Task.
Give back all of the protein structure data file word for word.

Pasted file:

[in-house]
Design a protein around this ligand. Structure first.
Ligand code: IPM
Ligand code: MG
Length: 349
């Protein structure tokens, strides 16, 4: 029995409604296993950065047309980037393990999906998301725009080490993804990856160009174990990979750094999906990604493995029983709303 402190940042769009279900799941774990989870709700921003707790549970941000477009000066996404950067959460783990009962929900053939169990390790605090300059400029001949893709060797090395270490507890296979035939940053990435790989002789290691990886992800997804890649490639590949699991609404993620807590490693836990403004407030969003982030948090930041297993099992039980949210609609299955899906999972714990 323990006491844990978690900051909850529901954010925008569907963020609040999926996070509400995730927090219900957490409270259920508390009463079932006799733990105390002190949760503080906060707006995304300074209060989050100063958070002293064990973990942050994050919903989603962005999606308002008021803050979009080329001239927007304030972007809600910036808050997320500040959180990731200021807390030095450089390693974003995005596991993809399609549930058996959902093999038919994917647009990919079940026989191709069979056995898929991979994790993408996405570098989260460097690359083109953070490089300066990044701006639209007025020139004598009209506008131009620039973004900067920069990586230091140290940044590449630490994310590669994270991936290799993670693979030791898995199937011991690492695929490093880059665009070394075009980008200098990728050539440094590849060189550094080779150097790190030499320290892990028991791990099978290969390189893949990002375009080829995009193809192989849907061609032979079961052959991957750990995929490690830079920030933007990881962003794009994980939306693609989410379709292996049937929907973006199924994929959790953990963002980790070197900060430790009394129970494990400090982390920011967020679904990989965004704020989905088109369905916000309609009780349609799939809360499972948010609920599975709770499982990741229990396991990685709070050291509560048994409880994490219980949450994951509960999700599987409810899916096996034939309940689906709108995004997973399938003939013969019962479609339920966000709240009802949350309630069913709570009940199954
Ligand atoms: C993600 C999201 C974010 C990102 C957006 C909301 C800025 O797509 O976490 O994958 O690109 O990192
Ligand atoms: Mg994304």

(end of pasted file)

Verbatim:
[in-house]
Design a protein around this ligand. Structure first.
Ligand code: IPM
Ligand code: MG
Length: 349
């Protein structure tokens, strides 16, 4: 029995409604296993950065047309980037393990999906998301725009080490993804990856160009174990990979750094999906990604493995029983709303 402190940042769009279900799941774990989870709700921003707790549970941000477009000066996404950067959460783990009962929900053939169990390790605090300059400029001949893709060797090395270490507890296979035939940053990435790989002789290691990886992800997804890649490639590949699991609404993620807590490693836990403004407030969003982030948090930041297993099992039980949210609609299955899906999972714990 323990006491844990978690900051909850529901954010925008569907963020609040999926996070509400995730927090219900957490409270259920508390009463079932006799733990105390002190949760503080906060707006995304300074209060989050100063958070002293064990973990942050994050919903989603962005999606308002008021803050979009080329001239927007304030972007809600910036808050997320500040959180990731200021807390030095450089390693974003995005596991993809399609549930058996959902093999038919994917647009990919079940026989191709069979056995898929991979994790993408996405570098989260460097690359083109953070490089300066990044701006639209007025020139004598009209506008131009620039973004900067920069990586230091140290940044590449630490994310590669994270991936290799993670693979030791898995199937011991690492695929490093880059665009070394075009980008200098990728050539440094590849060189550094080779150097790190030499320290892990028991791990099978290969390189893949990002375009080829995009193809192989849907061609032979079961052959991957750990995929490690830079920030933007990881962003794009994980939306693609989410379709292996049937929907973006199924994929959790953990963002980790070197900060430790009394129970494990400090982390920011967020679904990989965004704020989905088109369905916000309609009780349609799939809360499972948010609920599975709770499982990741229990396991990685709070050291509560048994409880994490219980949450994951509960999700599987409810899916096996034939309940689906709108995004997973399938003939013969019962479609339920966000709240009802949350309630069913709570009940199954
Ligand atoms: C993600 C999201 C974010 C990102 C957006 C909301 C800025 O797509 O976490 O994958 O690109 O990192
Ligand atoms: Mg994304």